What Happens When Your Injury Case Settles
After any kind of personal injury settlement, whether it involves a slip and fall, medical malpractice of a car accident, questions arise about how the settlement funds will be handled and paid. In general, your injury attorney works with the adverse insurance carrier or their attorney to make sure the funds are paid and those parties with liens or other rights to payment from the proceeds are paid.
The Process of Settlement
The vast majority of personal injury cases settle prior to trial or arbitration. A significant percentage of claims settle even before a lawsuit or demand for arbitration is filed. However, what must happen, if at all possible, is the injured party must reach a "permanent and stationary" condition relative to their recovery from the injuries sustained. Once the health care professionals have determined the injured party has reached a plateau in their recovery (even though they may need some future medical care), then your injury attorney will obtain your medical records and bills in preparation for submission of a settlement demand package to the adverse party's insurance carrier.
Once the liability picture is clear (which is something that usually happens early in the claim/lawsuit process) and the medical records and bills have been obtained, your attorney should discuss settlement strategy with you. Since this always involves a negotiation process, settlement demands are nearly always presented as a figure higher than what is expected to be paid by the other party or their carrier. What has to be taken into account in this process is the total amount of the liens or other claims that must be paid out of the settlement funds. For example, often the medical treatment received is either paid by insurance or provided on a lien basis. Either way, the lien/reimbursement amount (the amount claimed by the health care provider or the health insurance company that paid for accident-related treatment) must be taken into account. What must also be considered is the potential for that lien/reimbursement claimed being reduced via negotiation, something your attorney will handle. Medical insurance claims for reimbursement are often subject to certain rules of law in California requiring reduction.
After the parties to an injury case have agreed on a settlement figure, you will be required to sign what is generally described as a "release" or "settlement agreement" with the adverse party. Once signed, the settlement agreement is then sent to the insurance carrier or their attorney for payment. Under California law, the insurance carrier must make the payment "immediately" and in no event more than 30 days after receipt of the signed release. Most payments are made well within the 30-day limitation.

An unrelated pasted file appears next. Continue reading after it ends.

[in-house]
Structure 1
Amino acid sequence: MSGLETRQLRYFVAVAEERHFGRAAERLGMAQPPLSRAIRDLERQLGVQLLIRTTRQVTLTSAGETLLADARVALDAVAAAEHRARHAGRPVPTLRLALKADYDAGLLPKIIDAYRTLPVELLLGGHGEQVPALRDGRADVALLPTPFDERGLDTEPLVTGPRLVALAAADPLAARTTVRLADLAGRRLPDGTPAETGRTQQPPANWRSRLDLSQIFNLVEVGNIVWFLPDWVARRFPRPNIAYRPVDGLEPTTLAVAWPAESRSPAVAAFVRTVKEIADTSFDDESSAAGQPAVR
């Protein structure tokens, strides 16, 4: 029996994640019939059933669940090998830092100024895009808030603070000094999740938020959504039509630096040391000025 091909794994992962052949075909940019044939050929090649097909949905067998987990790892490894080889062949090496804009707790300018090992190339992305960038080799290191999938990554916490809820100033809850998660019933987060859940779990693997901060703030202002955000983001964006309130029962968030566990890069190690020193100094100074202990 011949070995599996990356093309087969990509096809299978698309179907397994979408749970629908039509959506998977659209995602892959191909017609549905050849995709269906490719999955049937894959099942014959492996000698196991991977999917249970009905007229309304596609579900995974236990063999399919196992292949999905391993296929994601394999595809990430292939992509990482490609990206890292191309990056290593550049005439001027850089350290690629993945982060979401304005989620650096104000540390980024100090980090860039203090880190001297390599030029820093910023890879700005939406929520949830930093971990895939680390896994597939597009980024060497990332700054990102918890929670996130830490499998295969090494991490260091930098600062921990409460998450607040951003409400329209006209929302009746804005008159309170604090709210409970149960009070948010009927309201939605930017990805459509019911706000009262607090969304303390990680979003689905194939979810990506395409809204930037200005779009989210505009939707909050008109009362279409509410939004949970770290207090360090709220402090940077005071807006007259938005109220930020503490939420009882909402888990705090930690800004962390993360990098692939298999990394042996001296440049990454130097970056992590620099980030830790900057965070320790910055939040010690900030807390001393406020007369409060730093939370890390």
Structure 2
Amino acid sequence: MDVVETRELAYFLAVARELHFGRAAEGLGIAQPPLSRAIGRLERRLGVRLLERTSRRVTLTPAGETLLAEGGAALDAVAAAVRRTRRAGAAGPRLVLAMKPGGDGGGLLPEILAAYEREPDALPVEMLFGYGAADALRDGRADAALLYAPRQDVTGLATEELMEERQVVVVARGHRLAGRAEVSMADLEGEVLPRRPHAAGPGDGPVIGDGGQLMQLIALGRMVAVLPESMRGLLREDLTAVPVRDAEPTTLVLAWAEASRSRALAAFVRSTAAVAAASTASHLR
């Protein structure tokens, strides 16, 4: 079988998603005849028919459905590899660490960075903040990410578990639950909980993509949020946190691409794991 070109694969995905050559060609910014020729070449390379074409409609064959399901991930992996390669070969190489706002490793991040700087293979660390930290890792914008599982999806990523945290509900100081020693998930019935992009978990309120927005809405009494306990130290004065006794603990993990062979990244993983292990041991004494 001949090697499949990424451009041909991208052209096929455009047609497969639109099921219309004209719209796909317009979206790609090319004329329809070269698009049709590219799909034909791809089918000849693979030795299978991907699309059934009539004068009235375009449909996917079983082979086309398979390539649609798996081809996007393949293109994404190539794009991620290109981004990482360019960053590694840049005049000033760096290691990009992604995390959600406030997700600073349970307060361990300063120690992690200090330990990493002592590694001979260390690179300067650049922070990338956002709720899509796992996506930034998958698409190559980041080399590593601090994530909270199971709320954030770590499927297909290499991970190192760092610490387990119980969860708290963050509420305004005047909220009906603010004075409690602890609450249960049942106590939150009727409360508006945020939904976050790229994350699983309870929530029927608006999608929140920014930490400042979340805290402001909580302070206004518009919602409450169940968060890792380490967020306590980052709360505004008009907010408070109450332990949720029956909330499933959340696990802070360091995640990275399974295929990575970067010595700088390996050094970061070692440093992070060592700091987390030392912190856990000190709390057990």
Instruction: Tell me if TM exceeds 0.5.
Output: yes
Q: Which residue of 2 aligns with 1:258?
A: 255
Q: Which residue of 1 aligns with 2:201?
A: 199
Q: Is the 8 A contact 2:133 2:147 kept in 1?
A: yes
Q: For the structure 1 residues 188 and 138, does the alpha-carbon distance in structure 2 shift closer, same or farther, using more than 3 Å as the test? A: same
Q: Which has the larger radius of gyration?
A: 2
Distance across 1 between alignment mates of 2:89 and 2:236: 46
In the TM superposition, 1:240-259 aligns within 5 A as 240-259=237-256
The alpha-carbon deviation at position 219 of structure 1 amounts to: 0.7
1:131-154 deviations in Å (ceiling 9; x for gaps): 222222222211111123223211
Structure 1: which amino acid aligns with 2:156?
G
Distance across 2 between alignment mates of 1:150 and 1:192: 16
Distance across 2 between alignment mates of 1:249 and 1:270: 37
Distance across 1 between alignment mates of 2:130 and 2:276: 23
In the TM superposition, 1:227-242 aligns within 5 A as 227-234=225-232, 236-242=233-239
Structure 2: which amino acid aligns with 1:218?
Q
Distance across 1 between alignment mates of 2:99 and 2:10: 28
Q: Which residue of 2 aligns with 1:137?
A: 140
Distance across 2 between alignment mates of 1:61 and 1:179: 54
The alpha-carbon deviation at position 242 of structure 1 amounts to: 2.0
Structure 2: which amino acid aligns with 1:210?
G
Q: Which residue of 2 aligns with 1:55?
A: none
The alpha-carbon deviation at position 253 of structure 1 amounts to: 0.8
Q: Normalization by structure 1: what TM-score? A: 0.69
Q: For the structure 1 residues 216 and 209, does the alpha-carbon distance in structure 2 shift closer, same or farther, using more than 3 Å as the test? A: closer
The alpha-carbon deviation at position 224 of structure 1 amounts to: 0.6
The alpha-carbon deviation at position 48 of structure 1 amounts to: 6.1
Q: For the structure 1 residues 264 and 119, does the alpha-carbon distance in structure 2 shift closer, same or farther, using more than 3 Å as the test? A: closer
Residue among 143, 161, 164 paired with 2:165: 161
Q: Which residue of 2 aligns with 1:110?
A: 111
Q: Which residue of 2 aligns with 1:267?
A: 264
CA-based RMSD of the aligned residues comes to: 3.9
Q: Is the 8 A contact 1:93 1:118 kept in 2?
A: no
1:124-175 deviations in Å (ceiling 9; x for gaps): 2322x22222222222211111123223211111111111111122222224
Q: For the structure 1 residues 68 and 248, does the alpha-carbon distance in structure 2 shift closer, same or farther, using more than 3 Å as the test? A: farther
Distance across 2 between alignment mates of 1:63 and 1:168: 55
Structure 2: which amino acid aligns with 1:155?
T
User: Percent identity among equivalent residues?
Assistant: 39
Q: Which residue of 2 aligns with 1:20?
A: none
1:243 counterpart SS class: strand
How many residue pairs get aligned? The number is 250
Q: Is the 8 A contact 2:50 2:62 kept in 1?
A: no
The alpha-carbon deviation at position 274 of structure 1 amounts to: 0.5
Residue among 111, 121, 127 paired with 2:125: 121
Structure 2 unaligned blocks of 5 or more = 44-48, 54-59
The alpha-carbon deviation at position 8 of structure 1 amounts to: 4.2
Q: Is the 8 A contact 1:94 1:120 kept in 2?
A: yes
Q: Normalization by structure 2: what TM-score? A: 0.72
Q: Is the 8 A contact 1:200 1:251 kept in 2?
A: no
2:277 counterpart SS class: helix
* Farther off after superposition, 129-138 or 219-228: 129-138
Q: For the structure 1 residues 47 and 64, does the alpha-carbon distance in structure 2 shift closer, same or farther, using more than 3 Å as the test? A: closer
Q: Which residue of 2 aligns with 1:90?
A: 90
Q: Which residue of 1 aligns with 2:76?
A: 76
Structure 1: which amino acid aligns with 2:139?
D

The Final Negotiations
After the total amount of the settlement is known, the work of negotiating the medical liens and other claims on the settlement funds begins for your attorney. As mentioned above, some medical insurance liens are subject to statutory reductions. In other words, the amount claimed must be reduced by a certain percentage (sometimes as much as 33%) which increases the client's net recovery accordingly. Likewise, certain government claims for reimbursement are subject to limited reduction under the law. For example, where the California Department of Health Care Services has paid for some or all of the accident-related care, they will assert a lien that is subject to at least a 25% reduction under the law.
Once the lien/reimbursement claims have been negotiated, to the extent they can be, then your attorney should make you aware of your net recovery, the amount you will receive after all liens, fees and costs are paid from the settlement. It is important to note that in general personal injury recoveries are not considered taxable income under IRS rules and are therefore tax exempt. This can be impacted by whether the recovery is for emotional distress damages only or whether some portion of the settlement is allocated as replacement income. It is always a good idea to seek the advice of a tax law specialist when such an issue arises.
Payment of an Injury Settlement
As a general rule, payment to an injured party after a settlement is reached is made through the attorney's client trust account. The settlement check from the insurance carrier will usually include both the name of the client and the attorney as payees. With the client's consent, the check is deposited into the attorney's client trust account and from that account all liens, costs, fees and the client are paid. The client is provided a detailed statement regarding the final disbursement for their records and approval.
If you or someone close to you has been injured because of someone else's negligence, contacting an experienced personal injury attorney is often the best first step toward obtaining compensation for the injuries and damages sustained. Mr. Ralph has more than 30 years of experience successfully handling personal injury claims. His office is centrally located in Orange County, allowing easy access for his clients. A free consultation is as easy as calling the number above or submitting your claim information via email.